David: Today we even have sort of an unofficial fourth branch, or arm, of government, and that is the central bank. And that is the primary point of interest for me. That is where my interest lies here when I think about unelected power. U.S. history, I think, is helpful here. We have our central bank which came into existence through a unique set of circumstances and it actually preceded what became a more common – again if you back there is a very, very common period where we had sort of an explosion of an alphabet soup of independent agencies, the New Deal, and then all kinds of unelected power delegated to these independent agencies. Today you have things like the EPA or the FEC or the FTC, and that are the kind of iterations that you see around, but the central bank was a pretty key one that got launched back in the early teens, the 20th century, about 1913.

Kevin: So our country has changed. Is that the cost of empire, where you start having less and less electable government, and more and more appointed government?

David: Well, it certainly is a reflection of the [unclear] and of the detailed involvement of government in lots of aspects of our life. Delegation is sort of this process of “I have too much on my plate. We need a specialist who can take this on.” So, infinite agencies and delegated power. One of the things that struck me recently were comments from a State Department official. This was in the recent impeachment inquiry. The tone was fascinating. The tone was as if the president’s agenda in Europe was not the agenda of the State Department overseas.

I thought it was fascinating because not only does the president, that is, the executive branch, appoint each of these country leads, that is, our ambassadors, but the agenda is set by each successive administration, and is a unique agenda emanating directly from the executive branch. This ambassador was expressing great disrespect and sort of a direct opposition to the Trump administration’s goals and objective, which I thought reflected a very technocratic attitude, this kind of attitude of “We know better.”

But it reminded me that there is this class of unelected officials that can at times be so close to the trees they forget the forest. It’s not that you can’t have your own opinion. You can have your own views, but as a diplomat, you represent the country, and you represent the president that appointed you.

Kevin: It reminds me of illumined leadership by an illumined few. When you listen to people who are talking about something other than an elected government they will use the term, illumined leadership by an illumined few. But that is not the government that we have in place.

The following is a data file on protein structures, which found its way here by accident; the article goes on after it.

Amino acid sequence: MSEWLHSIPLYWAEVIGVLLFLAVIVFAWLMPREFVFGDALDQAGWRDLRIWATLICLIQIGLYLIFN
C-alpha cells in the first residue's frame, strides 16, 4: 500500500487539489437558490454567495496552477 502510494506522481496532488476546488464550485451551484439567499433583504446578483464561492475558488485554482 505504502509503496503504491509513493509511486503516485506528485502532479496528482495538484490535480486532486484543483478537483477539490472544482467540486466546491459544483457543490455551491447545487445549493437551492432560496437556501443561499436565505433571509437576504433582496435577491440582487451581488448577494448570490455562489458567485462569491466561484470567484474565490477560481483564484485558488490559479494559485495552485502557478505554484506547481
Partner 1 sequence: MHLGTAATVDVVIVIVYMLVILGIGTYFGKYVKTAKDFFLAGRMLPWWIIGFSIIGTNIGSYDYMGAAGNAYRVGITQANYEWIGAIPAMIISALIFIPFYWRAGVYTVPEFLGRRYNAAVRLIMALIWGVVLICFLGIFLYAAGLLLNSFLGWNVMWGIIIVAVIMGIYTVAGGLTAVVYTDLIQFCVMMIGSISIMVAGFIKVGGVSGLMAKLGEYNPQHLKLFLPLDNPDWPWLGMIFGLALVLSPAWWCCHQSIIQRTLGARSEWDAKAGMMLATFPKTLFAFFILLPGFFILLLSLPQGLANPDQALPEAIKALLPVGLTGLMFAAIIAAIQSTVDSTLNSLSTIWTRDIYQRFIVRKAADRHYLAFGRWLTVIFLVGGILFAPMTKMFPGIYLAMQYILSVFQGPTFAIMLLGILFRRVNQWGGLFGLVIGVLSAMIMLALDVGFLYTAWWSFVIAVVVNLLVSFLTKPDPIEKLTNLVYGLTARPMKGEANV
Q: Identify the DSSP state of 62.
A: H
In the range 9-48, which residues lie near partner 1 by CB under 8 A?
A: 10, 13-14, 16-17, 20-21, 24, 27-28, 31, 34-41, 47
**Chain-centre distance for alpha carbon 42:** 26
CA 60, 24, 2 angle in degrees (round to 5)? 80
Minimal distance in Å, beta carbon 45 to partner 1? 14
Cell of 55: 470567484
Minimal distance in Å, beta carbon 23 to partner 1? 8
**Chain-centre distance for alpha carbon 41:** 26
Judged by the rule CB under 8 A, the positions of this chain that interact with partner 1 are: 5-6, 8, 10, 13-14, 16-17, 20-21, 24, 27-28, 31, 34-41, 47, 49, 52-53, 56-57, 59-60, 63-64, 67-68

David: No, and I am comfortable with, and I grant you these are typically very qualified diplomats. They have studied. Whether they have studied or have direct experience in international relations in order to be familiar with a particular context, but they arguably could be better qualified to represent our interests abroad than the president, but, and here is the critical point – the chain of command includes the executive branch and the priorities of each administration are expressed in practical terms through our diplomats overseas.

So again, it is this idea that, yes, we have delegated power, but you need to understand from where that power emanates, and there is the tendency amongst those who have been delegated power to almost forget who gave them the power in the first place, and for whom they speak. Let’s call it the temptation of the technocrat.

Kevin: It reminds me of what you have talked about, a lot of our foreign policy is actually dictated not by the military or administrated by the military, but by the U.S. treasury and how we control the flow of funds through SWIFT or just access to the liquidity markets.

David: (laughs) Again, we have our foreign policy and most people do think about that best expressed through the State Department, but you’re right, and if you follow Juan Zarate’s argument in his book, Treasury’s War, that is really what you have in motion. My friend who was in Saudi Arabia working for the Treasury Department was actually appointed by Juan Zarate, again, back to appointments versus elected leadership, and played a very critical role in that country for a good seven-year period, and I think was probably more effective there in Saudi than the State Department.

But the underlying issue here has been described by academics, and it has been described by practitioners. When you get into this diplomatic role or this appointed role of power as an independent agent or agency, you can be described as an over mighty citizen. Does that make sense? An over mighty citizen. And it sounds a little bit like, if you go back to 1945 when George Orwell was writing his book, Animal Farm, all animals are equal, but some animals are more equal. And that is kind of the sense that I get, that a technocrat see themselves as a more equal animal.